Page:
Borders are silly. So are plays. But more on that later.
When I was first approached to direct Kieran Lynn’s An Incident at the Border, I was immediately tickled by its devilishly farcical premise. On the eve of an unspecified country’s declaration of independence, a young couple tries to enjoy a romantic afternoon in the park, when a border guardÂ unceremoniously re-draws the new border between the two of them. Hijinks ensue as the two lovers battle to reunite without igniting an international incident.
The play struck me as a brilliantly self-contained burst of absurdity, but naturally, the left side of my overly cerebral director’s brain wanted more. With the right design choices, this play could be so much bigger than a simple farce. It could be about the Mexican immigration debate! Or the Arab Spring! Or the formation of South Sudan! With visions of genre-changing thematic resonance swirling through my head, I raced to the internet to research world events that could lend a clever layer of immediacy to Lynn’s script.
As usual, my dramaturgical efforts became an odyssey of tangential rabbit holes. Around 3 am, I found myself forming very strong opinions about the concept of borders in general. As I mentioned above, borders can be darn silly. At their core, they are simple lines in the sand, but their significance to the sovereign bodies they divide leads to stringent, contrived, and sometimes downright juvenile posturing.
In parts of Belgium and the Netherlands, there are houses literally bisected by their countries’ borders. The US/Mexico border fence cuts through a Texas college-campus, forcing students and faculty to cross the border multiple times in a school day (silver-lining: trouble with customs is a fantastic excuse for tardiness). Between North and South Korea, there is a conference room built specifically for conversations between the two countries, with the official border drawn straight through the mahogany conference table. In Bangladesh, there is a small enclave that belongs to India, inside an enclave that belongs to Bangladesh, inside an enclave that belongs to India. Do yourself a favor and don’t think too hard about it. And finally, the border between China and Nepal divides Mount Everest firmly in two, splitting the peak itself (but it still may be an easier border to cross than some on this list).
All over the world, sovereign bodies posture and struggle to ascribe great meaning to protect the sanctity of their lines in the sand. So much so that, just like in Lynn’s play, absurdity ensues.
I eventually made it back to the world events I planned to layer over my play. It wasn’t long before I began to ask myself why I was trying to force a “ripped from the headlines” concept upon such a beautifully earnest and witty script. Much like the North and South Korean border guards making sure no one leans too far across the mahogany conference table, I was posturing and struggling to draw an artificial line in the sand. As much as I wanted to add something that my overly cerebral director’s brain could call its own, I realized my true responsibility was to Lynn’s script, and nothing more.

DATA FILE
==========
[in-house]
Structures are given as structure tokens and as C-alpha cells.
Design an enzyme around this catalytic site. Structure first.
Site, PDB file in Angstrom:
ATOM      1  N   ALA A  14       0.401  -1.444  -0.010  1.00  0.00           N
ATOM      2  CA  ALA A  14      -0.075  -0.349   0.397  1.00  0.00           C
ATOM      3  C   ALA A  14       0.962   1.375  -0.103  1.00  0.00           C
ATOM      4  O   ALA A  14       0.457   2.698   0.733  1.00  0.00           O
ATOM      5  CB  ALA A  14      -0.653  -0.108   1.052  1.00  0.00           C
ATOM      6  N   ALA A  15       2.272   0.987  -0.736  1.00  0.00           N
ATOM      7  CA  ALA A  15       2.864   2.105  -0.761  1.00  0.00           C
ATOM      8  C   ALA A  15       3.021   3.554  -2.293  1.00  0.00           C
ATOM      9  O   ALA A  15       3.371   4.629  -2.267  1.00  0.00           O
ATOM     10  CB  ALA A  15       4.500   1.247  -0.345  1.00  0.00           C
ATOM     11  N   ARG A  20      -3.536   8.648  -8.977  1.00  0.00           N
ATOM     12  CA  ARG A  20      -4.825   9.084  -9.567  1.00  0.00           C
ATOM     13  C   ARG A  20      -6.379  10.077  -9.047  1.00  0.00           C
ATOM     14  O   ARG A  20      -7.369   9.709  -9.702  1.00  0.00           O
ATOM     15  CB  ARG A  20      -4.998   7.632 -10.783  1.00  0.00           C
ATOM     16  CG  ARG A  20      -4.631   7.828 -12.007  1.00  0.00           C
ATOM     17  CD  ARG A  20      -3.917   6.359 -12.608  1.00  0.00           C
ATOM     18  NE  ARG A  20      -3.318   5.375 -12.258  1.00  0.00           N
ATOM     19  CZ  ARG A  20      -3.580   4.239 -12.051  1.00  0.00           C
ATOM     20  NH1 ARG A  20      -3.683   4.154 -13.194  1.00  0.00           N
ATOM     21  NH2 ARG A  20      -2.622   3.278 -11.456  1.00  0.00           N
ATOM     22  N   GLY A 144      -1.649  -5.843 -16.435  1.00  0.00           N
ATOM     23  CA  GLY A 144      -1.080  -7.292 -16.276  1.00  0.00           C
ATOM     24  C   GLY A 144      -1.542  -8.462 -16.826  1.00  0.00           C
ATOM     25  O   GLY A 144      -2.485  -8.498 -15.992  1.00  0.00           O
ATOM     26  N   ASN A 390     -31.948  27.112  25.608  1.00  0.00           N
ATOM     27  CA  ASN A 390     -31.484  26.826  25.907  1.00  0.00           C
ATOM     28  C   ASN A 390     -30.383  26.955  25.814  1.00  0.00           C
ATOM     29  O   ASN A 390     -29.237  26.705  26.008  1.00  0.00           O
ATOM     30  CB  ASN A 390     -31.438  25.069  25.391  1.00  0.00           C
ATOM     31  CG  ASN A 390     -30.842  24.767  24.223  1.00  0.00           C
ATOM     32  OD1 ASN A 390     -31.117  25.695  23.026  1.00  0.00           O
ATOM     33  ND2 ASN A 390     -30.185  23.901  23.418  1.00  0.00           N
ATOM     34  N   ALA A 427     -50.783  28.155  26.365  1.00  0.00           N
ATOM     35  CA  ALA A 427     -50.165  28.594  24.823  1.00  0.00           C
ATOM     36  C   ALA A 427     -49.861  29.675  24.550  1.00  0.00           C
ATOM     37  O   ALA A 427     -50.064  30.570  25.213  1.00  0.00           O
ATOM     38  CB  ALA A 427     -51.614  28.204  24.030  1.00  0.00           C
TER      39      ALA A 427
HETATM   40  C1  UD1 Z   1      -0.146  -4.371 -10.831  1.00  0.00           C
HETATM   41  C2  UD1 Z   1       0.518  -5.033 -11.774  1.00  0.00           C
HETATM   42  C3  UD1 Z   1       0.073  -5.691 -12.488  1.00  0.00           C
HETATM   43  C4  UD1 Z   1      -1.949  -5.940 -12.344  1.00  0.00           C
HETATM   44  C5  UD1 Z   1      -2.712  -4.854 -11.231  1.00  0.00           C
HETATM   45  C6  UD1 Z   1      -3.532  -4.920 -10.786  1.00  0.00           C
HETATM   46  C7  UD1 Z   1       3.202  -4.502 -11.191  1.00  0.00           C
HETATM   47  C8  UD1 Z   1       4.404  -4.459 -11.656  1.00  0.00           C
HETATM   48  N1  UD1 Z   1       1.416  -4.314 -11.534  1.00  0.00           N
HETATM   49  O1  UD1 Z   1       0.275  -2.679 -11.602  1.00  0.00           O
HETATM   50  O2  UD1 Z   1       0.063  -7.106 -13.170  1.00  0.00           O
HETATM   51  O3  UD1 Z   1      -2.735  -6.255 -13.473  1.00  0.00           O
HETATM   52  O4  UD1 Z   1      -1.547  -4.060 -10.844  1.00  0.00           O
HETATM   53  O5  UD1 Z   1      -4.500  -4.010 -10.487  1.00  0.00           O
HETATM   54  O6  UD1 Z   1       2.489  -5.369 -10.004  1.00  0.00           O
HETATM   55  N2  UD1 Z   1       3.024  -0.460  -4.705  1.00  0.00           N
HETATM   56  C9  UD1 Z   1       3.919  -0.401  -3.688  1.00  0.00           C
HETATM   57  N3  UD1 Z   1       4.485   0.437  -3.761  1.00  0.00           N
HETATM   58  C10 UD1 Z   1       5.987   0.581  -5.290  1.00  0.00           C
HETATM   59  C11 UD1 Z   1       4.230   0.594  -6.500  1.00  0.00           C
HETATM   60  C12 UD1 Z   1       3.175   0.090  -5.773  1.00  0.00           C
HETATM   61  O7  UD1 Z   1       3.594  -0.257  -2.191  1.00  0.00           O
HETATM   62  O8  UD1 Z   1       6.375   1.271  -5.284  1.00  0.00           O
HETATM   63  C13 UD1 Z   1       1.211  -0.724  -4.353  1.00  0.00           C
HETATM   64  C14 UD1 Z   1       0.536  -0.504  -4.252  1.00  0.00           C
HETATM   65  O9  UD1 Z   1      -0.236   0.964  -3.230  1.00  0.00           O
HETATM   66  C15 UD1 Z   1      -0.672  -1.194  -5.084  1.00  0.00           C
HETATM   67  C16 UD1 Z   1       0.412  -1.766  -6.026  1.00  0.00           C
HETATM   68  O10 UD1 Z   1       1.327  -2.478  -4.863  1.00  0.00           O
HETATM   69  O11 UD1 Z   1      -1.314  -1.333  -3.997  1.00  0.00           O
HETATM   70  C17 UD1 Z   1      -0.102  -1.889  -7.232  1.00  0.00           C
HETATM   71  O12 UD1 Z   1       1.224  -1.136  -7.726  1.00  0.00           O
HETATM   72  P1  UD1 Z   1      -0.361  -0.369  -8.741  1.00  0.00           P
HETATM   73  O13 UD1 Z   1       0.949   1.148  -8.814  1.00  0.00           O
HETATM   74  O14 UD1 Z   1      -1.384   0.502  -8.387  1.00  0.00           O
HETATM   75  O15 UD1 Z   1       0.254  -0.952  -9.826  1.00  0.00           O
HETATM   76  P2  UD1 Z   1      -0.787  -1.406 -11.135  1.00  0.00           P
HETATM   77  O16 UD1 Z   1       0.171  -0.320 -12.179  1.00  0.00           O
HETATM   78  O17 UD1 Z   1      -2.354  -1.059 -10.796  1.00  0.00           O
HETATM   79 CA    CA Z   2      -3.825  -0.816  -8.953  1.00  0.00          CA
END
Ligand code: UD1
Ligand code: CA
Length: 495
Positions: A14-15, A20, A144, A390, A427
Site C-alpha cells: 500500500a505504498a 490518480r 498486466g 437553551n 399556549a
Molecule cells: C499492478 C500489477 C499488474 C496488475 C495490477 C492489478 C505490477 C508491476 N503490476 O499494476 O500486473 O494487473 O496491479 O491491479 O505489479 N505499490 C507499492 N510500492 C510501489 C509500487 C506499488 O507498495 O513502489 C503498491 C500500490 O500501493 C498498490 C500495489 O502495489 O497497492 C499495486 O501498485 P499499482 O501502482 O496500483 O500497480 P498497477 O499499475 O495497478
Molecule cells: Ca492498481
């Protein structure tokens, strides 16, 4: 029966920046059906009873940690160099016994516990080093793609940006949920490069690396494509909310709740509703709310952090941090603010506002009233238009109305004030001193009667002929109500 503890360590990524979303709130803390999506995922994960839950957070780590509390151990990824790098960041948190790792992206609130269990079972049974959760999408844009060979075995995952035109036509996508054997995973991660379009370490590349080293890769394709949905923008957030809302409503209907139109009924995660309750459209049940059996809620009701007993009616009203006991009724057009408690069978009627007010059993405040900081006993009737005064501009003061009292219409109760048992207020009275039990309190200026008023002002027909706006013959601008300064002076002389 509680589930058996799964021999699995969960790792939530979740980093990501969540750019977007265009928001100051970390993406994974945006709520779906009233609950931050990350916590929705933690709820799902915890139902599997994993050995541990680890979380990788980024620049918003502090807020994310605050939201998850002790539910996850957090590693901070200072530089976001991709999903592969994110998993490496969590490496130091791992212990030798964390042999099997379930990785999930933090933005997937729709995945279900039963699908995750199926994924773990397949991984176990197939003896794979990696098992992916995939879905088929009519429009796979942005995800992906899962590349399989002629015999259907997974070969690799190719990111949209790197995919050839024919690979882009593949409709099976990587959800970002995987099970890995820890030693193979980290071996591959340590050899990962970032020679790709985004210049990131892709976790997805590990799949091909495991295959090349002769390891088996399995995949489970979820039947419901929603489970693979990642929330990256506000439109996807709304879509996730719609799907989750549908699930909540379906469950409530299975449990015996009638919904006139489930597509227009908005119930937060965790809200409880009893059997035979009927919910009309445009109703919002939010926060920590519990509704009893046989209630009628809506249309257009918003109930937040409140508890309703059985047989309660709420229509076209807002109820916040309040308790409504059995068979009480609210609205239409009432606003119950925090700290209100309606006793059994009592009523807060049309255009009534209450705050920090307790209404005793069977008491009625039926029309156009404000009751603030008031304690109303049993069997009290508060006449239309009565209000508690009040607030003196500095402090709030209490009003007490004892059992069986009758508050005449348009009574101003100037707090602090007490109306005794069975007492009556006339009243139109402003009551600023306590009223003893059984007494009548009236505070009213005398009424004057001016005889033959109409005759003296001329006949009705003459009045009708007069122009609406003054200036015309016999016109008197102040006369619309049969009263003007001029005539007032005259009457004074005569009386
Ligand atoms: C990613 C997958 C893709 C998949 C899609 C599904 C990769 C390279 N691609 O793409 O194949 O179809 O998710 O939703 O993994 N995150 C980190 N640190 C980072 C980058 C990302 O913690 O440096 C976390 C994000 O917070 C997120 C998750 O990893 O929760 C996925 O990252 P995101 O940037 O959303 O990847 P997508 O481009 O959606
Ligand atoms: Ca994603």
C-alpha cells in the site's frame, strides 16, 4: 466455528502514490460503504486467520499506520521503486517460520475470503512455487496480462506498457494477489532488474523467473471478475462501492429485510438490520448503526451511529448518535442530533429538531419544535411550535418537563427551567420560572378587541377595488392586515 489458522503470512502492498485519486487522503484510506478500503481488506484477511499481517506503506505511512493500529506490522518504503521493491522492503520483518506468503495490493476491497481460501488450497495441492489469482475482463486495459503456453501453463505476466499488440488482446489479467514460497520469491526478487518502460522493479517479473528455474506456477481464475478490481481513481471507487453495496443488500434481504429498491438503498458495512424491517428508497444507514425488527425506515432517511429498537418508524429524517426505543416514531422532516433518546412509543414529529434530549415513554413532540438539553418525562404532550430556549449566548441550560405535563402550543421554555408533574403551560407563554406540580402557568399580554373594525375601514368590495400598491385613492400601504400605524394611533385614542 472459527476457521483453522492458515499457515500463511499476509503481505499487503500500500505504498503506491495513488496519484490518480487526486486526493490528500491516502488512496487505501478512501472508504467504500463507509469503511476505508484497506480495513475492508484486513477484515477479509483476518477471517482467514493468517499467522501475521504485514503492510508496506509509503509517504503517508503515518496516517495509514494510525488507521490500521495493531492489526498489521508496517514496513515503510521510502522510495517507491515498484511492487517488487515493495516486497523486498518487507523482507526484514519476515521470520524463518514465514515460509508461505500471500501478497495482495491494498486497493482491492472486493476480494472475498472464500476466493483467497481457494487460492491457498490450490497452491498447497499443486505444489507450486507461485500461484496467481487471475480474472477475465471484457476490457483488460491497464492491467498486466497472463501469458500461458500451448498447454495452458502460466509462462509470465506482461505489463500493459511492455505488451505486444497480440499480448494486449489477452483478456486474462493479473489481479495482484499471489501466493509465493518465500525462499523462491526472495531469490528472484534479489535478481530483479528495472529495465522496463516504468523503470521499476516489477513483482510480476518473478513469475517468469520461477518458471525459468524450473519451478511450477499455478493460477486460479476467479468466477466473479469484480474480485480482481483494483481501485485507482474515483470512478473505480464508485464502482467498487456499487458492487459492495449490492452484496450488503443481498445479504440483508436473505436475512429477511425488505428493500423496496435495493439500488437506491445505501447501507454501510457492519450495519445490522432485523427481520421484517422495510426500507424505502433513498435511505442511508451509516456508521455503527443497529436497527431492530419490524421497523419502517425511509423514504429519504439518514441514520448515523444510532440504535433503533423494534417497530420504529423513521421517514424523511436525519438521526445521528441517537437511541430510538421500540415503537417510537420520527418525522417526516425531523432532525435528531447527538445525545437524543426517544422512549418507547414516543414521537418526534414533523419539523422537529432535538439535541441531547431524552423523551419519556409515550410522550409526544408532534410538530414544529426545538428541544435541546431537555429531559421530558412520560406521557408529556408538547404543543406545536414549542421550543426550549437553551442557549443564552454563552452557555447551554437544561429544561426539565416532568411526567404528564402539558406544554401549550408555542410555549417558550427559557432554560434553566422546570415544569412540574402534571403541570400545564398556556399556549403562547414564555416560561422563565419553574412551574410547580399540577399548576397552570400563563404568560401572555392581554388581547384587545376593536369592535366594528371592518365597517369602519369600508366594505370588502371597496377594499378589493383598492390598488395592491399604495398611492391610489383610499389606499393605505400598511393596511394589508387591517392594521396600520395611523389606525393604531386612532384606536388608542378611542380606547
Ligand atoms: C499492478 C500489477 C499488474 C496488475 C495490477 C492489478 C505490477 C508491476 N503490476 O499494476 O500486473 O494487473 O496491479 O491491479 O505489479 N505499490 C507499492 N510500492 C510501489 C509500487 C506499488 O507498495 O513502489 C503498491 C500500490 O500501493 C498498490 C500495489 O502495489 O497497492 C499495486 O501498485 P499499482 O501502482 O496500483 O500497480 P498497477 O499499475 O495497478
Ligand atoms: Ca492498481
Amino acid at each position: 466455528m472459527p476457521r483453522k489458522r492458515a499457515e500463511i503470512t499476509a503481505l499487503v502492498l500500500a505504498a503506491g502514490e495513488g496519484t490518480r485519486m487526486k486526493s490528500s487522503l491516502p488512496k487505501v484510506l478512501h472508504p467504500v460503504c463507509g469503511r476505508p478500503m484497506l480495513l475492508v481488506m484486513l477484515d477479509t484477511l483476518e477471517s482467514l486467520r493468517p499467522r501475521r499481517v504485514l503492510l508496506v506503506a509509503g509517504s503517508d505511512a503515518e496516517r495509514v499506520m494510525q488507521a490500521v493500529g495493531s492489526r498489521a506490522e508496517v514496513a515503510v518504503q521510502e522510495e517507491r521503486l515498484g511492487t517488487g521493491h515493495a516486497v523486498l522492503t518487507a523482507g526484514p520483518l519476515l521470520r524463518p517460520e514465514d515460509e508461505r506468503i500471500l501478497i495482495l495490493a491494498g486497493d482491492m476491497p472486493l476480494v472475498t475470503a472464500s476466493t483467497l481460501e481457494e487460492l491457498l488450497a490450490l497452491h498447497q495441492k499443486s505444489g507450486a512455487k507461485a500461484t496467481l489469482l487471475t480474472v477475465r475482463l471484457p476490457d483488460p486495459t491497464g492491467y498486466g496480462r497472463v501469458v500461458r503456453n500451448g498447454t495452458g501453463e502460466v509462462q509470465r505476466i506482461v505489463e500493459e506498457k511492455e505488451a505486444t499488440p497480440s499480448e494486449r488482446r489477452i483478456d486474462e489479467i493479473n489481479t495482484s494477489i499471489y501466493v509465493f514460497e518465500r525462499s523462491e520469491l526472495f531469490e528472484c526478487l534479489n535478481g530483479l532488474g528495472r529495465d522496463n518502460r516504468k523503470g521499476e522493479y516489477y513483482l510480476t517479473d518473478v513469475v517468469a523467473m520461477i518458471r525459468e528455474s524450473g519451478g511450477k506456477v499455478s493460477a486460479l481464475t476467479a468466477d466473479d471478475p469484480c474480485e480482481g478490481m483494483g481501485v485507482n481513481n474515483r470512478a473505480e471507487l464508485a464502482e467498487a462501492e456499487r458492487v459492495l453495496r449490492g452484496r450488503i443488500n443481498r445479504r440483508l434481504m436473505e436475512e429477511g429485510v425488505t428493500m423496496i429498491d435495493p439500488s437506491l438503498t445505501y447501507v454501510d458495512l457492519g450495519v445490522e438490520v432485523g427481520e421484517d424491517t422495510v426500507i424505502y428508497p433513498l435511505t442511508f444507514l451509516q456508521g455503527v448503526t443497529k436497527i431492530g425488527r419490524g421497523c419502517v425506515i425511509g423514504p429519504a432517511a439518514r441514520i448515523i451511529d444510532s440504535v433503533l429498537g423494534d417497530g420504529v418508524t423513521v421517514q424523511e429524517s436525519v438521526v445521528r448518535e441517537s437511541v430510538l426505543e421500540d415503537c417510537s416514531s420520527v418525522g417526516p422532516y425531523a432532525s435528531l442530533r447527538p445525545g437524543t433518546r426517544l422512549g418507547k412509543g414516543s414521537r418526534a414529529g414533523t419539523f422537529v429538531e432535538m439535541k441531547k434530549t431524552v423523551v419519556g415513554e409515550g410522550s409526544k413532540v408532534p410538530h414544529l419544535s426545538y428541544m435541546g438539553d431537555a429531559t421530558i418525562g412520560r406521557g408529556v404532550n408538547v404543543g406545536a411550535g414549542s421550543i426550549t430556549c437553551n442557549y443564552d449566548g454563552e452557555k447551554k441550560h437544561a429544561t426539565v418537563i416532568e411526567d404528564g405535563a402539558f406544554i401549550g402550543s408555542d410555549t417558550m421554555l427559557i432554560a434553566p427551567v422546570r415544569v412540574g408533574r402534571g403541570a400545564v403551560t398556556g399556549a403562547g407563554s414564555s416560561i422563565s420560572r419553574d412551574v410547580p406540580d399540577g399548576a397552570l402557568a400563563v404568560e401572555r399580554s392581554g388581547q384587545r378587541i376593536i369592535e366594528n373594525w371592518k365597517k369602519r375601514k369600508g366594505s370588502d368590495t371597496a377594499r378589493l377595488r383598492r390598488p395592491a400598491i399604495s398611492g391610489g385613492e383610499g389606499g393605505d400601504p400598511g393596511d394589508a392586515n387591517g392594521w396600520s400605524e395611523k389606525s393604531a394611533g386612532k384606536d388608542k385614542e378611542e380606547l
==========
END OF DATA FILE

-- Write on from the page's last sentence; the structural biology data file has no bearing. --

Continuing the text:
In our endless, frantic battle to prove theater’s worth in a town dominated by film and television, we may feel pressure to craft every project into a ground-breaking, genre-defining artistic enterprise. As directors, it’s easy to forget that our job is to make choices that serve the play to its greatest potential, to tell the story that connects to the audience on the level the script demands. Our purpose isÂ not to add our own spin that warps the playwright’s creation into proof of our own relevance, intellect, or so-called courage.
Don’t get me wrong, go ahead and pat yourself on the back for deciding to put Romeo and Juliet in Civil War uniforms. Just make sure that telling the playwright’s story comes first, and any and all design choices serve that aim.Â Â More often than not, the best choice a director can make is to remain invisible. Only do what is necessary to allow the script to blossom into something that can connect with an audience, and then call it a day. Cerebral brain be damned.
After all my posturing, I decided the best choice for this simple, devilish farce, was to stage it as a simple, devilish farce. Then again, it appears I have succeeded in over-intellectualizing this essay with contrived layers of theme and metaphor, so “” at least today “” the overly cerebral side of my brain has the last laugh.
Author’s Note: This essay would not have been possible without Xavier Jackson’s article, “The 5 Stupidest Things Ever Done with Borders,” from Cracked.com. All research cited above was used with permission from the author. http://www.cracked.com/article_19925_the-5-stupidest-things-ever-done-with-borders.html
An Incident at the Border, presented by the Transatlantic Theater Company. Opens Saturday. Fri-Sat 8 pm; Sun. 7:30 pm. August 4-September 9. Tickets $20. Edgemar Center for the Arts, 2437 Main St., Santa Monica 90405. www.IncidentattheBorder.com
***All An Incident at the Border production photos by Tracy Woodward
Tracy Woodward is a Los Angeles-based director, writer, and smart aleck, and a founding member of the Theatricians Theater Group. When not wasting time over-intellectualizing theater, he can be found wasting time performing improv and sketch comedy at various venues around town.